Using a mobile phone while driving reduces the amount of attention you’re paying to the road environment and, as a consequence, increases crash risk. This is true even when using hands-free technology as concentrating on answering and the conversation that takes place affects your driving. To reduce the risk for everyone, there are laws that both limit and prohibit the use of mobile phones while driving in Queensland. These rules vary based on the licence you hold.
Learners and provisional P1 licence holders under 25
People under 25 who hold a learner or provisional P1 licence are subject to a ban on all mobile phone use. This ban includes hands-free, wireless headsets and loudspeaker functions. In addition to the ban on you as a driver, your supervising driver and any other passengers travelling with you are also banned from using the loudspeaker function on their phones. Supervising drivers and passengers are permitted to use a phone in their hand, hands-free and with a wireless headset (just not on loud speaker).
These rules also apply to P1 probationary and P1 restricted licence holders of all ages whose licence classification has been affected by previous offences.
All other drivers
This category includes learners and provisional P1 licence holders over 25, and provisional p2 and open licence holders. Drivers within this category are banned from using a phone held in the hand. This is true even while stopped in traffic (at lights or while congested). These drivers are however allowed to use hands-free, wireless headsets and loudspeaker functions.
If found guilty of the offences outlined above, you can be fined $353 and have 3 demerit points applied to your traffic history. From 1 September 2015, the Queensland government introduced a double demerit penalty for second or subsequent mobile phone offences if the second or subsequent offences occurs within 1 year of a previous offence - so repeat offenders are severely punished.
Tips to avoid mobile phone offences
Some people find it hard to ignore their phone while driving. Here are some good techniques to avoid distraction (and mobile phone offences).
An easy way to prevent breaking the rules is simply to turn off your phone while driving. This means you won't be tempted to touch it. An alternative is to place the phone out of sight (and therefore out of mind). The glovebox and console are two options you could try out.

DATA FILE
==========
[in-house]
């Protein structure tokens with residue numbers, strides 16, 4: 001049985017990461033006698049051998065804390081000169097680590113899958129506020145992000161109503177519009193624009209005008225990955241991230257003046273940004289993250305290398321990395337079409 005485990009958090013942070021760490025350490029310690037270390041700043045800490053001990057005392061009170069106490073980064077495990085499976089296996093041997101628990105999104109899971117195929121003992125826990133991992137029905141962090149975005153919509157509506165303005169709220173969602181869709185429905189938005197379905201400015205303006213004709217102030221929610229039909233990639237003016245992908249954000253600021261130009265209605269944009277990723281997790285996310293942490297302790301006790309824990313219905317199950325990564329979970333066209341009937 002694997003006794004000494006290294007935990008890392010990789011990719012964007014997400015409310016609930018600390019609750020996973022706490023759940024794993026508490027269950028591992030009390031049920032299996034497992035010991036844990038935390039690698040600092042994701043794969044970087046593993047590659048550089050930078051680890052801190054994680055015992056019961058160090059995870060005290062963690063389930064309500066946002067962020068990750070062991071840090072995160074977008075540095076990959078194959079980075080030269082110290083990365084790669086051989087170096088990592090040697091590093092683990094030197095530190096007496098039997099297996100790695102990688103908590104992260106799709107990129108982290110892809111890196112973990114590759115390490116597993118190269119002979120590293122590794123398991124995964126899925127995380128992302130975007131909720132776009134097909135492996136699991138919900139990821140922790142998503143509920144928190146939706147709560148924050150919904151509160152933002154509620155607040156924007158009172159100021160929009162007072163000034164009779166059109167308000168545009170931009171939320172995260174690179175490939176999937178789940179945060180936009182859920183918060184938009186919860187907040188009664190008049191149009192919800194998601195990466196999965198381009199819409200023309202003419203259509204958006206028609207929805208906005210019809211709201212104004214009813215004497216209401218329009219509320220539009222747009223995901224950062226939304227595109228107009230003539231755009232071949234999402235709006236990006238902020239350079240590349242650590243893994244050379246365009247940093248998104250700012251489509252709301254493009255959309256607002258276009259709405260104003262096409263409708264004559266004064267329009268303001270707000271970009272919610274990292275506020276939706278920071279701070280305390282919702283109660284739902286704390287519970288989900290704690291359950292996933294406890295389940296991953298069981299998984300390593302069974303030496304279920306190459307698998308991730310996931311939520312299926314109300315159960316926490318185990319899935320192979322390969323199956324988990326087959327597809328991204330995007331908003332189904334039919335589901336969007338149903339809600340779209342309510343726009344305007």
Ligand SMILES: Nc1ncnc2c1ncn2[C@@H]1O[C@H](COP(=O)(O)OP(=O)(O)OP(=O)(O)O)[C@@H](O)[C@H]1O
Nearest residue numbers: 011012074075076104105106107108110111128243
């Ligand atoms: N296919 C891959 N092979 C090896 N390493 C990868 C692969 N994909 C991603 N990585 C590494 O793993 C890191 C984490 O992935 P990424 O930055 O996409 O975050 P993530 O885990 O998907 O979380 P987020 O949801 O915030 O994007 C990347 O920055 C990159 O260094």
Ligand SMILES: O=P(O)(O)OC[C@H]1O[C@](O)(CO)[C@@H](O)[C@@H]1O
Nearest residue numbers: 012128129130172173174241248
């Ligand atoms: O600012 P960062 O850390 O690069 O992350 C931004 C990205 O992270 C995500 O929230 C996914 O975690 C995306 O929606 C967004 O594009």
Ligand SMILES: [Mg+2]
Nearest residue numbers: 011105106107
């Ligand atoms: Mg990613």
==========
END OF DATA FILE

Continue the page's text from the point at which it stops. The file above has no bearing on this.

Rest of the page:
Installing a hands-free kit (when legally allowed to use one) will allow you to answer calls with minimal distraction. Remember that your main focus should be on driving and if you find the required multi-tasking problematic, you should go back to turning your phone off and/or hiding it. Any hands-free installation mounted on the windscreen should be placed to ensure your view of the road is not affected. If your view is obscured, change the mount placement.
Your last option is to wait until you're parked to use any function of your phone. All phone use is legal for all licence holders of any age while legally parked, so just wait until you're parked to respond to calls or messages.
Increased risk while using a phone
Remember that although you may be happy to increase your own crash risk by using a mobile phone, doing so increases the risk of injury and death to other road users who are not happy to assume more risk than they’re already taking on by participating in the inherently dangerous task of driving. Increasing this risk for those around you is unfair and the consequences of mobile phone use while driving could irreparably damage your life.
You will be caught
People using mobile phones while driving are easy to spot (you’ve probably noticed people yourself). This act is irresponsible but more importantly illegal. Just think, if you’ve seen people doing it, it’s easy for the police to do the same. Watch the video below to see just how easy it is to be caught using your mobile phone while driving.